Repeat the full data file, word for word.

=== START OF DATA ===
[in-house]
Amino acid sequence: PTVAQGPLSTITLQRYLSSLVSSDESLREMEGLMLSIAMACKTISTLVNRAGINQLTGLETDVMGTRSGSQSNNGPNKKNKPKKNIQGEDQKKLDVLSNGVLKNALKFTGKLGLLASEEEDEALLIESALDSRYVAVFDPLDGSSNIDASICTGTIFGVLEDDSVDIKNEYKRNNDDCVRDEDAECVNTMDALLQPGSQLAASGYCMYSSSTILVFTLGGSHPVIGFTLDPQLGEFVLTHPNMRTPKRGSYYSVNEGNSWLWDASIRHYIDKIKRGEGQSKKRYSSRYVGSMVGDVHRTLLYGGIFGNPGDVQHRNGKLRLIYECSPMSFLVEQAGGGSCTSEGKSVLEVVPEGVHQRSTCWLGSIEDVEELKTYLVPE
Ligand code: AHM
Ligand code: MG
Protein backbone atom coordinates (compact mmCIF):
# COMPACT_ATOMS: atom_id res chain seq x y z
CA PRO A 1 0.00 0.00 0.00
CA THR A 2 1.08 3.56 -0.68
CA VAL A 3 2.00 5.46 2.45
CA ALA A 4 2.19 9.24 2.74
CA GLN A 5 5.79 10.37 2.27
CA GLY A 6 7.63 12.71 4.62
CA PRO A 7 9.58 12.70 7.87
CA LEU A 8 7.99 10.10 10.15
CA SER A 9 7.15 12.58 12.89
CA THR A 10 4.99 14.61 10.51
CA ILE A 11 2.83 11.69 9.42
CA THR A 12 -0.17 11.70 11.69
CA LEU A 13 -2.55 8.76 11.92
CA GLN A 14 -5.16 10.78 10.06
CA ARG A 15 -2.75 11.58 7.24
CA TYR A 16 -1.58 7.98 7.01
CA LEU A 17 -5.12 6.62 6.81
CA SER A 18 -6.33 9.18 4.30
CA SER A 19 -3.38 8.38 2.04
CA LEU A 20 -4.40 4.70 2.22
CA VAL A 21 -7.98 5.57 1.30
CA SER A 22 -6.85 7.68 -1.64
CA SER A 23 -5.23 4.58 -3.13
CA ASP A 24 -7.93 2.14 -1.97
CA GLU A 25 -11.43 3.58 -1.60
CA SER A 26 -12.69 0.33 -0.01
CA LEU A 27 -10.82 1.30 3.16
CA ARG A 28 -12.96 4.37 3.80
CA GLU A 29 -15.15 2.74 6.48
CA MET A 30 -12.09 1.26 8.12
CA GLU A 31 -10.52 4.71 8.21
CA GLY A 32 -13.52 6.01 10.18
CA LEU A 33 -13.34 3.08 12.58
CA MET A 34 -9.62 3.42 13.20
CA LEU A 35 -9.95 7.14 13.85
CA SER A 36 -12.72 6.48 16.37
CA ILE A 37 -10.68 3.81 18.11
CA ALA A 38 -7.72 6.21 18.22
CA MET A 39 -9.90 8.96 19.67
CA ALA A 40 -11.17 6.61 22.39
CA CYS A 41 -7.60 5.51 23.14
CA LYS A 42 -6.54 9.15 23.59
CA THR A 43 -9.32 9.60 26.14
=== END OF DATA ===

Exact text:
[in-house]
Amino acid sequence: PTVAQGPLSTITLQRYLSSLVSSDESLREMEGLMLSIAMACKTISTLVNRAGINQLTGLETDVMGTRSGSQSNNGPNKKNKPKKNIQGEDQKKLDVLSNGVLKNALKFTGKLGLLASEEEDEALLIESALDSRYVAVFDPLDGSSNIDASICTGTIFGVLEDDSVDIKNEYKRNNDDCVRDEDAECVNTMDALLQPGSQLAASGYCMYSSSTILVFTLGGSHPVIGFTLDPQLGEFVLTHPNMRTPKRGSYYSVNEGNSWLWDASIRHYIDKIKRGEGQSKKRYSSRYVGSMVGDVHRTLLYGGIFGNPGDVQHRNGKLRLIYECSPMSFLVEQAGGGSCTSEGKSVLEVVPEGVHQRSTCWLGSIEDVEELKTYLVPE
Ligand code: AHM
Ligand code: MG
Protein backbone atom coordinates (compact mmCIF):
# COMPACT_ATOMS: atom_id res chain seq x y z
CA PRO A 1 0.00 0.00 0.00
CA THR A 2 1.08 3.56 -0.68
CA VAL A 3 2.00 5.46 2.45
CA ALA A 4 2.19 9.24 2.74
CA GLN A 5 5.79 10.37 2.27
CA GLY A 6 7.63 12.71 4.62
CA PRO A 7 9.58 12.70 7.87
CA LEU A 8 7.99 10.10 10.15
CA SER A 9 7.15 12.58 12.89
CA THR A 10 4.99 14.61 10.51
CA ILE A 11 2.83 11.69 9.42
CA THR A 12 -0.17 11.70 11.69
CA LEU A 13 -2.55 8.76 11.92
CA GLN A 14 -5.16 10.78 10.06
CA ARG A 15 -2.75 11.58 7.24
CA TYR A 16 -1.58 7.98 7.01
CA LEU A 17 -5.12 6.62 6.81
CA SER A 18 -6.33 9.18 4.30
CA SER A 19 -3.38 8.38 2.04
CA LEU A 20 -4.40 4.70 2.22
CA VAL A 21 -7.98 5.57 1.30
CA SER A 22 -6.85 7.68 -1.64
CA SER A 23 -5.23 4.58 -3.13
CA ASP A 24 -7.93 2.14 -1.97
CA GLU A 25 -11.43 3.58 -1.60
CA SER A 26 -12.69 0.33 -0.01
CA LEU A 27 -10.82 1.30 3.16
CA ARG A 28 -12.96 4.37 3.80
CA GLU A 29 -15.15 2.74 6.48
CA MET A 30 -12.09 1.26 8.12
CA GLU A 31 -10.52 4.71 8.21
CA GLY A 32 -13.52 6.01 10.18
CA LEU A 33 -13.34 3.08 12.58
CA MET A 34 -9.62 3.42 13.20
CA LEU A 35 -9.95 7.14 13.85
CA SER A 36 -12.72 6.48 16.37
CA ILE A 37 -10.68 3.81 18.11
CA ALA A 38 -7.72 6.21 18.22
CA MET A 39 -9.90 8.96 19.67
CA ALA A 40 -11.17 6.61 22.39
CA CYS A 41 -7.60 5.51 23.14
CA LYS A 42 -6.54 9.15 23.59
CA THR A 43 -9.32 9.60 26.14